Early Years

The Young Countess

Count Franz Joseph Kinsky (1769-1843), Bertha Kinsky’s father and a retired high-ranking officer of the Habsburg Imperial Army, died shortly before Bertha’s birth. Her mother, Sophie Wilhelmine von Körner (1815-1884), who never remarried and gradually sapped the family’s inheritance, raised her and her older brother in Brno (Moravia). From her governesses, private tutors, and European travels with her mother, Bertha learned – apart from her native German – English and French fluently. She soon pursued a career as a professional singer. In 1873 she obtained a job as governess of the Baron von Suttner family, who had an estate in Lower Austria.

Arthur Gundaccar von Suttner (1850-1902), the youngest family member, and Bertha soon fell in love. When Arthur’s mother found out in 1876, Bertha was encouraged to apply for a job as secretary to the Swedish dynamite inventor Alfred Nobel (1833-1896) in Paris. Within weeks, however, she secretly returned to Vienna, eloped with Arthur (which provided her the title Baroness), and together they planned their escape – or adventure – to the Caucuses, as guests of her friend Princess Ekaterina Dadiani (1816-1882). Significantly, Bertha’s short stay in Paris sparked a friendship with Nobel that lasted until his death, and it was largely due to her persuasive lobbying that Nobel added a fifth – the Peace – prize to his testament and prestigious legacy.

An Ex-Patriot in Russia, 1876-1885

The couple spent nine years in the Romanov colony Mingrelia, situated in today’s Georgia. Bertha, with encouragement from Arthur, began writing for German-language literary papers, using the pseudonym B. Oulot. Not even her editors knew that she was a female author. She also studied influential modern thinkers such as Charles Darwin (1809-1882), Herbert Spencer (1820-1903), and Henry Thomas Buckle (1821-1862). She pored over Immanuel Kant's (1724-1804) works as well. Living close to the Caucasian front of the Russo-Turkish War of 1877-78, Suttner also gained insight into war’s costs, including hunger on the Caucasian home front. By the time the Suttners returned to Austria in 1885, they had become professional authors.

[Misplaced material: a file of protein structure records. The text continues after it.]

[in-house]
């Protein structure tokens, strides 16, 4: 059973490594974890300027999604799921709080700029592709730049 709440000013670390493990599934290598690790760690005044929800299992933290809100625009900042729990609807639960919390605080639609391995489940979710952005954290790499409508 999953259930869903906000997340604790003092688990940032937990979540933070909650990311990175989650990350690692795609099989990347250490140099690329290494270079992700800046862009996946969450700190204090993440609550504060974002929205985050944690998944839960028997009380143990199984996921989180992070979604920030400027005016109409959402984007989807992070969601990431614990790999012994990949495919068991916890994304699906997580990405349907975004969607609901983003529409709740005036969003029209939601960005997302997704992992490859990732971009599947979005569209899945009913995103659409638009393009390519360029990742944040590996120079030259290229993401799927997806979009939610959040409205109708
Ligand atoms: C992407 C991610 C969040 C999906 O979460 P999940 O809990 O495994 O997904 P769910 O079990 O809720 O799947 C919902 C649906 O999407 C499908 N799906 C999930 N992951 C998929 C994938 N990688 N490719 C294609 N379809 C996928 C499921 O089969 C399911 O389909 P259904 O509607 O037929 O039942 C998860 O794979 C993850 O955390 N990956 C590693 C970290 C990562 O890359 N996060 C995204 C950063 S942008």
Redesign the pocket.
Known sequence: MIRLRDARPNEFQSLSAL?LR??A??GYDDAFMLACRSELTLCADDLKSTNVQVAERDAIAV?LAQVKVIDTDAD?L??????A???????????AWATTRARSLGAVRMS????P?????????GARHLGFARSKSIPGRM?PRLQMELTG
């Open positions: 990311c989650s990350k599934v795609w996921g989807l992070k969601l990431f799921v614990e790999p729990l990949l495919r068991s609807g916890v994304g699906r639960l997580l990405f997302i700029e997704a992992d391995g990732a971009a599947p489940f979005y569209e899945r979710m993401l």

Peace Activism

Lay Down Your Arms!

In 1889 Bertha von Suttner succeeded in publishing what would become an almost instant international bestseller, the antiwar novel Die Waffen nieder! (Lay Down Your Arms!). It was a tremendous breakthrough, transforming her into a public political figure. Adding to its impact, famed Russian novelist and pacifist Leo Tolstoy (1828-1910) wrote that he wished it would do the same for repudiating war that Harriet Beecher Stowe (1811-1896)’s Uncle Tom’s Cabin had done to abolish slavery in the United States. The polemic plot centers on the formative journey of a well-behaved aristocrat’s daughter into a feisty challenger of the widely accepted view that war was a necessary evil. According to Nobel, Suttner had declared “war on war.”

The International Peace Movement and the Austrian Peace Society (Österreichische Gesellschaft für Friedensfreunde)

Based on the overwhelming public enthusiasm for her novel, Suttner energetically launched an Austrian branch of the international peace movement, the Austrian Peace Society (1891), of which she remained president until her death. To attract local attention to the Society, she publicized its aims and meeting times over the course of several weeks in the leading daily Viennese newspaper, Die Neue Freie Presse. All those interested were welcomed. Thereafter she co-edited and published – with a younger colleague, Alfred Hermann Fried (1864-1921) – a monthly peace journal, Die Waffen nieder! Fried devoted his life to peace advocating and took over the journal in 1900, renaming it Die Friedens-Warte. Arthur von Suttner, meanwhile, co-founded an organization that denounced anti-Semitism in Austria (Verein zur Abwehr des Antisemitismus in Österreich). Prior to the Great War both Suttners mutually supported each other and headed associations that advocated overcoming social prejudices and opposed the use of violence as a means to resolve conflicts.